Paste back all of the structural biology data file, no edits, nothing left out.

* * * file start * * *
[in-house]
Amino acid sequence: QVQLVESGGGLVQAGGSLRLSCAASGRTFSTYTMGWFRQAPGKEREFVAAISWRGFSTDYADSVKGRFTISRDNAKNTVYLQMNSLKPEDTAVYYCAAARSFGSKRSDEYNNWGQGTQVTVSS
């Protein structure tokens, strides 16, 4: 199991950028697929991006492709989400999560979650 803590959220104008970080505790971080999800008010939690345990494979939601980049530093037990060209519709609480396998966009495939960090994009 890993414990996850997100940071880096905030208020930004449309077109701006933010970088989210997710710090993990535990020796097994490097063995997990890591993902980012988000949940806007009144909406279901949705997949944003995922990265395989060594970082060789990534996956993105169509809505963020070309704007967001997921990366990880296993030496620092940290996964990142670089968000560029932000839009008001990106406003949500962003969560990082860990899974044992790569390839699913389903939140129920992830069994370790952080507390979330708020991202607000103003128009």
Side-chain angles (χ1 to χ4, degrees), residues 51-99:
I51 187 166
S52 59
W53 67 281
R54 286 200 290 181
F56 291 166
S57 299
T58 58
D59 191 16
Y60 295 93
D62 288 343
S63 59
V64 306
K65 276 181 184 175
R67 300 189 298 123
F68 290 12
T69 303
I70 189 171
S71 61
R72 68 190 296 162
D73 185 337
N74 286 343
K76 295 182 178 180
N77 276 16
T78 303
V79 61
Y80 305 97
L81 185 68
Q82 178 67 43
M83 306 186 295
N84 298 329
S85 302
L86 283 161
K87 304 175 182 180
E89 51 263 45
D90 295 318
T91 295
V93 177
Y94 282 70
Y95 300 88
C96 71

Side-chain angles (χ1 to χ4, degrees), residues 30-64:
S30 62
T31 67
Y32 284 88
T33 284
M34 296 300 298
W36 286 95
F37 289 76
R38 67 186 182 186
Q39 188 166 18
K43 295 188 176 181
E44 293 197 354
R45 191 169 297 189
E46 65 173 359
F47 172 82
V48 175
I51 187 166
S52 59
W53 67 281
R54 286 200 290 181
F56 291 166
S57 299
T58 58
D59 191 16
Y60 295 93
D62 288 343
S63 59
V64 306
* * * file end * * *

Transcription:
[in-house]
Amino acid sequence: QVQLVESGGGLVQAGGSLRLSCAASGRTFSTYTMGWFRQAPGKEREFVAAISWRGFSTDYADSVKGRFTISRDNAKNTVYLQMNSLKPEDTAVYYCAAARSFGSKRSDEYNNWGQGTQVTVSS
């Protein structure tokens, strides 16, 4: 199991950028697929991006492709989400999560979650 803590959220104008970080505790971080999800008010939690345990494979939601980049530093037990060209519709609480396998966009495939960090994009 890993414990996850997100940071880096905030208020930004449309077109701006933010970088989210997710710090993990535990020796097994490097063995997990890591993902980012988000949940806007009144909406279901949705997949944003995922990265395989060594970082060789990534996956993105169509809505963020070309704007967001997921990366990880296993030496620092940290996964990142670089968000560029932000839009008001990106406003949500962003969560990082860990899974044992790569390839699913389903939140129920992830069994370790952080507390979330708020991202607000103003128009």
Side-chain angles (χ1 to χ4, degrees), residues 51-99:
I51 187 166
S52 59
W53 67 281
R54 286 200 290 181
F56 291 166
S57 299
T58 58
D59 191 16
Y60 295 93
D62 288 343
S63 59
V64 306
K65 276 181 184 175
R67 300 189 298 123
F68 290 12
T69 303
I70 189 171
S71 61
R72 68 190 296 162
D73 185 337
N74 286 343
K76 295 182 178 180
N77 276 16
T78 303
V79 61
Y80 305 97
L81 185 68
Q82 178 67 43
M83 306 186 295
N84 298 329
S85 302
L86 283 161
K87 304 175 182 180
E89 51 263 45
D90 295 318
T91 295
V93 177
Y94 282 70
Y95 300 88
C96 71

Side-chain angles (χ1 to χ4, degrees), residues 30-64:
S30 62
T31 67
Y32 284 88
T33 284
M34 296 300 298
W36 286 95
F37 289 76
R38 67 186 182 186
Q39 188 166 18
K43 295 188 176 181
E44 293 197 354
R45 191 169 297 189
E46 65 173 359
F47 172 82
V48 175
I51 187 166
S52 59
W53 67 281
R54 286 200 290 181
F56 291 166
S57 299
T58 58
D59 191 16
Y60 295 93
D62 288 343
S63 59
V64 306